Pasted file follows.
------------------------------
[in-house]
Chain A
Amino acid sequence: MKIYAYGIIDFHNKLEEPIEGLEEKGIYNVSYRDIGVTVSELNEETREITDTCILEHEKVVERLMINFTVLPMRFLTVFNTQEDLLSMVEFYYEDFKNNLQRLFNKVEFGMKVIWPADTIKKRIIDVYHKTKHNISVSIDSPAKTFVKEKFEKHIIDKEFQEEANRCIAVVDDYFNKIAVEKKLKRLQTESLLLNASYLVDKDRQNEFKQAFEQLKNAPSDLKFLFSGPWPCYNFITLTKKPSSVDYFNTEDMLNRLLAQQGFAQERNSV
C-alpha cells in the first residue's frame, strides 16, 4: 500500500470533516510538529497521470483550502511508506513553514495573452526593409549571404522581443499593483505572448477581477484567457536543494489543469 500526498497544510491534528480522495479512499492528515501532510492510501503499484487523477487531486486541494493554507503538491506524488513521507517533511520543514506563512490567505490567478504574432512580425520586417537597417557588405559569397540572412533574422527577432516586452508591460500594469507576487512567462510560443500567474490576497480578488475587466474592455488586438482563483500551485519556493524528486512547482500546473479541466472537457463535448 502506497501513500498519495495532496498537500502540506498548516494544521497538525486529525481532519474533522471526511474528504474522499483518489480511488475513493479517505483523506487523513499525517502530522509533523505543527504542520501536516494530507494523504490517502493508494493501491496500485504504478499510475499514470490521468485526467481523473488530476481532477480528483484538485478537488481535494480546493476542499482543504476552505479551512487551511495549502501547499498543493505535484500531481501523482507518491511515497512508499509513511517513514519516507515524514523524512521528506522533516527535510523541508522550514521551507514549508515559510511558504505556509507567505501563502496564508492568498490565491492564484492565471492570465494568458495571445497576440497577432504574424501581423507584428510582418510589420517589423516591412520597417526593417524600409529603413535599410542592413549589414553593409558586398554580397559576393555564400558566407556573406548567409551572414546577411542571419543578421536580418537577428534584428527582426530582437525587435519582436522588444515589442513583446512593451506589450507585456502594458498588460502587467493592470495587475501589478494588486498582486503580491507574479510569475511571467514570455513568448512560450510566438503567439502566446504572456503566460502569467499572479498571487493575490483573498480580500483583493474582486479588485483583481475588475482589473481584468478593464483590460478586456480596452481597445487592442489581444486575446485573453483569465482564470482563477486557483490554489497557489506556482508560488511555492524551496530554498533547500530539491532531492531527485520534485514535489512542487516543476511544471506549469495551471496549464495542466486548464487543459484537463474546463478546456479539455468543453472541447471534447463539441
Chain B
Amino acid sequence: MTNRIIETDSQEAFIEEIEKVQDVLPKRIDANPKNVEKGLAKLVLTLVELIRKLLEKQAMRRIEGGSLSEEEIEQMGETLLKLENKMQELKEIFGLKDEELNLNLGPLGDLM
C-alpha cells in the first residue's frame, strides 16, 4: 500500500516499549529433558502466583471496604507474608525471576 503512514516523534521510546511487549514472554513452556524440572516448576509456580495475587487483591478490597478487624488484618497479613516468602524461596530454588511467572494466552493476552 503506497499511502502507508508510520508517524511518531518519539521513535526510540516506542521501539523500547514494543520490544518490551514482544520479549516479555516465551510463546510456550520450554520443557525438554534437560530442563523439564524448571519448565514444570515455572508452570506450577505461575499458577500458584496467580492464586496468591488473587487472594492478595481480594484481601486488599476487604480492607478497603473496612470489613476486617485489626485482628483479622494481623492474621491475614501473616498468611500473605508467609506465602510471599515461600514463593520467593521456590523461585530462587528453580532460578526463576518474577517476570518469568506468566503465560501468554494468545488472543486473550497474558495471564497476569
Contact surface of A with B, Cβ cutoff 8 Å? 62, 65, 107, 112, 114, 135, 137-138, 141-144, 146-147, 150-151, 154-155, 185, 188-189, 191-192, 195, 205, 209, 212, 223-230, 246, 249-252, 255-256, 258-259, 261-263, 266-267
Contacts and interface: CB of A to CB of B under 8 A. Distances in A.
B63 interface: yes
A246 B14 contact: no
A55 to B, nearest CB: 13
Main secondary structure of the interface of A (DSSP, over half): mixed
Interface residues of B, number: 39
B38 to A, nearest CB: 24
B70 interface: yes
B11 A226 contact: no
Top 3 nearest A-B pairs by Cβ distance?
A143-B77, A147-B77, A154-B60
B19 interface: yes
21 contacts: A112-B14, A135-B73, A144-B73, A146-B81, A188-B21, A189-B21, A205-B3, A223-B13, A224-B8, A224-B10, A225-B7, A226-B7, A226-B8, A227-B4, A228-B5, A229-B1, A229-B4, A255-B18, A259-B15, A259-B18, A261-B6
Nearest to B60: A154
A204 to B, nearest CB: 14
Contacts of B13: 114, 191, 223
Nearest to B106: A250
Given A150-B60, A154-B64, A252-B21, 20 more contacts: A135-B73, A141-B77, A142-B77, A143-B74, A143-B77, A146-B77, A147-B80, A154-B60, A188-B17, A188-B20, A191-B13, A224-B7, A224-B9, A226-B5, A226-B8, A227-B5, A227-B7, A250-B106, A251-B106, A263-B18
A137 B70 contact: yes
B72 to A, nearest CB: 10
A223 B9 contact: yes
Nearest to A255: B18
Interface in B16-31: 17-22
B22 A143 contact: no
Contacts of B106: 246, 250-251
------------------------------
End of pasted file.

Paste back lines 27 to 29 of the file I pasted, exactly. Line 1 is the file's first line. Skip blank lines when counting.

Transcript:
A137 B70 contact: yes
B72 to A, nearest CB: 10
A223 B9 contact: yes